It might feel realistic and safe to set mediocre expectations for the season ahead and hold off pushing for anything for a few more years, but all it does validate the deferral of achievement. We’re not going to luck our way to success. We’re going to have to make it happen.
Sheffield Utd went from 23rd to 7th between Valentines Day and the end of the season in 2014. That’s an extreme example, but that ascent proved that even the worst season can be turned around. Let’s not give up on a season before it’s already started.
10. Let’s go for it
We all have our own views about how best to support the team. The points above are really just a selection of things which from my viewpoint appear to encapsulate our mindset as a losing club. I don’t want to be that club anymore, and after a lifetime with absolutely zero success to speak of, you have to wonder if the unique atmosphere and culture we’ve created contributes a stronger influence over the performances of our club than we’d care to admit.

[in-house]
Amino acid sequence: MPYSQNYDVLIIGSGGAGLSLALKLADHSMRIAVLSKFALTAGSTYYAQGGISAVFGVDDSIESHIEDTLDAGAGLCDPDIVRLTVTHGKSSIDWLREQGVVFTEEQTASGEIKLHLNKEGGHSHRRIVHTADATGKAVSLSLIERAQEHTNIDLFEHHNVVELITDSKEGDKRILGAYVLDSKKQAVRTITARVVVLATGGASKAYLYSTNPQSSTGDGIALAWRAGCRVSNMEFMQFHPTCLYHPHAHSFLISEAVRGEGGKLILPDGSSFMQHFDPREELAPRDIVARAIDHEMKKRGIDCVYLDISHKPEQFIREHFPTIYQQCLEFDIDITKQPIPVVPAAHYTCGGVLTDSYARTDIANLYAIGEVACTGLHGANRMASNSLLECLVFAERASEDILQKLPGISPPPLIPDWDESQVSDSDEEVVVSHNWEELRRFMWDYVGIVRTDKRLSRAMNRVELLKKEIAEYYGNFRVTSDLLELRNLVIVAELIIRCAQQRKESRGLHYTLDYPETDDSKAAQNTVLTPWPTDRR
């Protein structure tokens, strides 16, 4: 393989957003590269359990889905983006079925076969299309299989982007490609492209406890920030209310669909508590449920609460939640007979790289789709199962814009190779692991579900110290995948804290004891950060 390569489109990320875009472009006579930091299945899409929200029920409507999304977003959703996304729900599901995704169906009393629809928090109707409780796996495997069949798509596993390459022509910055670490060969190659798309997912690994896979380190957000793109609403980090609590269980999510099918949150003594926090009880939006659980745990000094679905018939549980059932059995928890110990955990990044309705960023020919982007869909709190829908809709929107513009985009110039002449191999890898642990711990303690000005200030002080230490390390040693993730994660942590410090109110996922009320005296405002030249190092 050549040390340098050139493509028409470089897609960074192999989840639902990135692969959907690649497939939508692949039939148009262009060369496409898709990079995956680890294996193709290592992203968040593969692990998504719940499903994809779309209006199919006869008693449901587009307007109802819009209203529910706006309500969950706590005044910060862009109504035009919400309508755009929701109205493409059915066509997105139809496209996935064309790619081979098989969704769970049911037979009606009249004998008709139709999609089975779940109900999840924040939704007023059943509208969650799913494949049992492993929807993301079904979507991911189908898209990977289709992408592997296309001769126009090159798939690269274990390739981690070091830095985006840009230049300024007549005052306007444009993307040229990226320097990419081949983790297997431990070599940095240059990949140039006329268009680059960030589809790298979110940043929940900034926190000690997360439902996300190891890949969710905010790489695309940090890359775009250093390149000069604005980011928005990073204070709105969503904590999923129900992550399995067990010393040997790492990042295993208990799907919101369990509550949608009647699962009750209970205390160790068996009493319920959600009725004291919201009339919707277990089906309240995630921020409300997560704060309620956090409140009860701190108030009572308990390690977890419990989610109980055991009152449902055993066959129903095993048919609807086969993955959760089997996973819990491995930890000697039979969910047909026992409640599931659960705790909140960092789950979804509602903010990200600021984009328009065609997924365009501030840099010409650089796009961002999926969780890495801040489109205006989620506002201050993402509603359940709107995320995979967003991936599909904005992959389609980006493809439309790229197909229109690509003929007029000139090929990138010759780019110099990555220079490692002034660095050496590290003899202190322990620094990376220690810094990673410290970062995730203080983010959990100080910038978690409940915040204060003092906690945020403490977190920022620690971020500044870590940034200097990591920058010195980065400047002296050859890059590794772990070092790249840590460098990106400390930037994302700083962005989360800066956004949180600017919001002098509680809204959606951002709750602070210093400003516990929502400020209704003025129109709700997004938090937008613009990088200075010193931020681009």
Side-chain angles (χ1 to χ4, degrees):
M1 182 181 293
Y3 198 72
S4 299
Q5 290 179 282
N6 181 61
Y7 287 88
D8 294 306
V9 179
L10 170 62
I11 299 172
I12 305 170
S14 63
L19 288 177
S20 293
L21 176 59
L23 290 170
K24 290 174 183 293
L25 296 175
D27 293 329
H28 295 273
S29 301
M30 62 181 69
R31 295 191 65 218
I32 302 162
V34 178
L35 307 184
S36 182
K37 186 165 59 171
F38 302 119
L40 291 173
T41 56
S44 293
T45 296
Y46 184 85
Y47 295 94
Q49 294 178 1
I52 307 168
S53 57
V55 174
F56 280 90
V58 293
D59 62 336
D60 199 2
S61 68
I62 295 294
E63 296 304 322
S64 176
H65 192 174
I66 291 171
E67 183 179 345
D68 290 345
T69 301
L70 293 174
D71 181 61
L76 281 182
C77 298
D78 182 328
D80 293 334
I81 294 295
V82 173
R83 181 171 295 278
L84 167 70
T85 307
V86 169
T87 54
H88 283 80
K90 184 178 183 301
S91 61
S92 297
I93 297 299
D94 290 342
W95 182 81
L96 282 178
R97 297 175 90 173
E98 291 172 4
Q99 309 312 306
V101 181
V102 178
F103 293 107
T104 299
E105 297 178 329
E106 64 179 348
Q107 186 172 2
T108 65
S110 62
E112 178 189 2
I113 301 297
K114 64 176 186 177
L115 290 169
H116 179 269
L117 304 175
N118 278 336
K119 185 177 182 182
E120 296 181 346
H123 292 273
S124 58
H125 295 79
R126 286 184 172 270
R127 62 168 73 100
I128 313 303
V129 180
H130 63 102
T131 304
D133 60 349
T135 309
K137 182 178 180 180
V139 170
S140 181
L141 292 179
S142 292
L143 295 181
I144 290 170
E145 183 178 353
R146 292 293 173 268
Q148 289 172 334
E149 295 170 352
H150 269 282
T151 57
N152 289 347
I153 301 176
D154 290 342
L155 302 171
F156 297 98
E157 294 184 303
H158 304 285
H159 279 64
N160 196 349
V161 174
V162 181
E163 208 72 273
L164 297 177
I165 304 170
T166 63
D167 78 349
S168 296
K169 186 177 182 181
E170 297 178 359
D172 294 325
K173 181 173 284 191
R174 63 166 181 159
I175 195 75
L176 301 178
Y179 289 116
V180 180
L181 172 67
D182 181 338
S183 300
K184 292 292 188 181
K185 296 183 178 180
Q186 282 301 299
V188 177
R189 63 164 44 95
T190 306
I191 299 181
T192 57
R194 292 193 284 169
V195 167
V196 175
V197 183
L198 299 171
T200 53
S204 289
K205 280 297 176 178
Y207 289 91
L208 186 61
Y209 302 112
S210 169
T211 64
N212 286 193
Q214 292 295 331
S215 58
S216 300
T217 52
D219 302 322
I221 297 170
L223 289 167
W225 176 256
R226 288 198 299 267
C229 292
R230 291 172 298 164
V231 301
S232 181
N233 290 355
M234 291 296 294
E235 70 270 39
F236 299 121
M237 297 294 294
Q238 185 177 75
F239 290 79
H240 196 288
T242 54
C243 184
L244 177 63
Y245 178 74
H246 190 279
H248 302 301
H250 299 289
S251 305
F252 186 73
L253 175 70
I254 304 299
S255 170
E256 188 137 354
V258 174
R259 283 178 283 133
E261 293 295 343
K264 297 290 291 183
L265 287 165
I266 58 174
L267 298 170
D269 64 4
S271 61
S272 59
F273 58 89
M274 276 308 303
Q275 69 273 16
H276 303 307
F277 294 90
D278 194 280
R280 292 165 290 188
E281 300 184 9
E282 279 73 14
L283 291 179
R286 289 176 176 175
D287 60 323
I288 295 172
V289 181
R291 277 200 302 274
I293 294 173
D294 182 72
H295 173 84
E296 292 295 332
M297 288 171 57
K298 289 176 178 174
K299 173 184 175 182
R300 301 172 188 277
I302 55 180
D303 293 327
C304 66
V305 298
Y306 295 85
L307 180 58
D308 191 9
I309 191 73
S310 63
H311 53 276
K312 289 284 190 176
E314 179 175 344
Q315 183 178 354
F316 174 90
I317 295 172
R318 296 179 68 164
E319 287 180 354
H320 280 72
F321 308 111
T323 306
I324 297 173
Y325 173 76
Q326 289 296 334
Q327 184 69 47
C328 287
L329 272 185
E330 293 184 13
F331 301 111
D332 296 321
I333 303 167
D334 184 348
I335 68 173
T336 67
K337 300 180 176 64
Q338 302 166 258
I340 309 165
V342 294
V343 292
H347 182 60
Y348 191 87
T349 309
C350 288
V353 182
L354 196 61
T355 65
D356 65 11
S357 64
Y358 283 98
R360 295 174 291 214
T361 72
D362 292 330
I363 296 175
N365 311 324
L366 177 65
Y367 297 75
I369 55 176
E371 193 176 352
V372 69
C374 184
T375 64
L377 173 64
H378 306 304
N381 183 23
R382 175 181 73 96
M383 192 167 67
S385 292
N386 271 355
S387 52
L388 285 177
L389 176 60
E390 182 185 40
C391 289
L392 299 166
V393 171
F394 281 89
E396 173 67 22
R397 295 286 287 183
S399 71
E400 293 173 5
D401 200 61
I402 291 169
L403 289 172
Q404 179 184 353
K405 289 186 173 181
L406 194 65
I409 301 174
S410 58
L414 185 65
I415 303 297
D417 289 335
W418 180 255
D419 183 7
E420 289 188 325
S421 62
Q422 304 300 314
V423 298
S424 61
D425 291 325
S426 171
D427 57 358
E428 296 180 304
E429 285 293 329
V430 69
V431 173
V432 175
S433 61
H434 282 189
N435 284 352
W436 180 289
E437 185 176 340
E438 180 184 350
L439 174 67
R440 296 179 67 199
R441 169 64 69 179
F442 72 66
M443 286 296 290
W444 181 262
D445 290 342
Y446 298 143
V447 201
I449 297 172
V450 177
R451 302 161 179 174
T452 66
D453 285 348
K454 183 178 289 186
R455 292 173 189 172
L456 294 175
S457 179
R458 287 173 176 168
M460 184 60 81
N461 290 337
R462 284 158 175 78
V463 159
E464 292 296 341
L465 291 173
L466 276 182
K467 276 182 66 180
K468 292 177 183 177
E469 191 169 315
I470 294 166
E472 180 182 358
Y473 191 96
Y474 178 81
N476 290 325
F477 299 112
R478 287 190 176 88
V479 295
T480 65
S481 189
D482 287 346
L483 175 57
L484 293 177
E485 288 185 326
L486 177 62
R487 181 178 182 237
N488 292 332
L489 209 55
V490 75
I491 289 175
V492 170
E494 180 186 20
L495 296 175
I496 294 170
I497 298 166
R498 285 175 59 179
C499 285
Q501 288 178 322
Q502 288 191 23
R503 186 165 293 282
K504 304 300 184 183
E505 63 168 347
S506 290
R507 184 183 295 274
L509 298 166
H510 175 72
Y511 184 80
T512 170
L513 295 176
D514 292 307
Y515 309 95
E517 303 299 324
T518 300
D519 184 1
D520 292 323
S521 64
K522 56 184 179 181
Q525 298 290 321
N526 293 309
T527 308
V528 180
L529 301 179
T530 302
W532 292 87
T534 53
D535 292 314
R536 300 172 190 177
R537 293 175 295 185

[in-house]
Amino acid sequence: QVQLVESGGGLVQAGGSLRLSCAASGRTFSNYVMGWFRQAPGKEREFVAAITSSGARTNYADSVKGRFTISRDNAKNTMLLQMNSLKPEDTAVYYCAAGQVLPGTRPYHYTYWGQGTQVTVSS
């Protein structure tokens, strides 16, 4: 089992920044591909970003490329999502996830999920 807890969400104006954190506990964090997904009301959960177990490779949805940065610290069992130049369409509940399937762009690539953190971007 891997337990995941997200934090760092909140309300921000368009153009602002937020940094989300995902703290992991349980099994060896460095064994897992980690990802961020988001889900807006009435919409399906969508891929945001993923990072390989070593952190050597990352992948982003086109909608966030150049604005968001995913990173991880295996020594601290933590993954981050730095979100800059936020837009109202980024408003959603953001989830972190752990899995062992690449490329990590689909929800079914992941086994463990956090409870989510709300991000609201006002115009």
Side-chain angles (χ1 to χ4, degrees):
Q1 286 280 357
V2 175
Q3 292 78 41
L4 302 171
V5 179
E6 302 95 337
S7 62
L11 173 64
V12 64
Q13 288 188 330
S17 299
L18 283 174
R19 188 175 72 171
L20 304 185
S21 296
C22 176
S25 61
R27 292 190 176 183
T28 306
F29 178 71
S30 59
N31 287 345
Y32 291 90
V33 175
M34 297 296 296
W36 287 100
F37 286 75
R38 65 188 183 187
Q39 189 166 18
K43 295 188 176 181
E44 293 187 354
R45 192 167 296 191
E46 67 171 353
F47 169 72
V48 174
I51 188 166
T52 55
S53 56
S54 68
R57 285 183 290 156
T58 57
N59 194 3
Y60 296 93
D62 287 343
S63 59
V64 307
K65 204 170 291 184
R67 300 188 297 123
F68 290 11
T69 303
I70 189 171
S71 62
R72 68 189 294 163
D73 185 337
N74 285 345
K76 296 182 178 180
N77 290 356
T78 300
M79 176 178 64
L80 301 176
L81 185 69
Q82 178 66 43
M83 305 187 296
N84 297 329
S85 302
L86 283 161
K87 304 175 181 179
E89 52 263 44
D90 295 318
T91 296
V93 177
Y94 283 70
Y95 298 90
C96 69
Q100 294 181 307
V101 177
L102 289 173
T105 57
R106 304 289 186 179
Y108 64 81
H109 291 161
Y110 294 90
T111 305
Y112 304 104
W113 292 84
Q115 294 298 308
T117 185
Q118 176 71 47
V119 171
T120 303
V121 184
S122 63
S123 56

This may seem like it’s a list of things that I think will fix everything, but it just seems that way. If anything it’s a list of hopes, and quite possibly contradictions. But we all want Coventry City to achieve, and maybe it’s a sign of desperation that I’m now looking at elements beyond the pitch in attempt to bring about that success.
After a rotten few summers, we’re now entering a season back at the Ricoh Arena with a brand new manager and a team with some very good players in it. If we can find a way to supplement those with a few more bodies, I say we puff out our chests and show the league that we’re not the self-deprecating Coventry City we’ve allowed them to think we are for so long.
It’s time for a new era at this club. And it starts this season.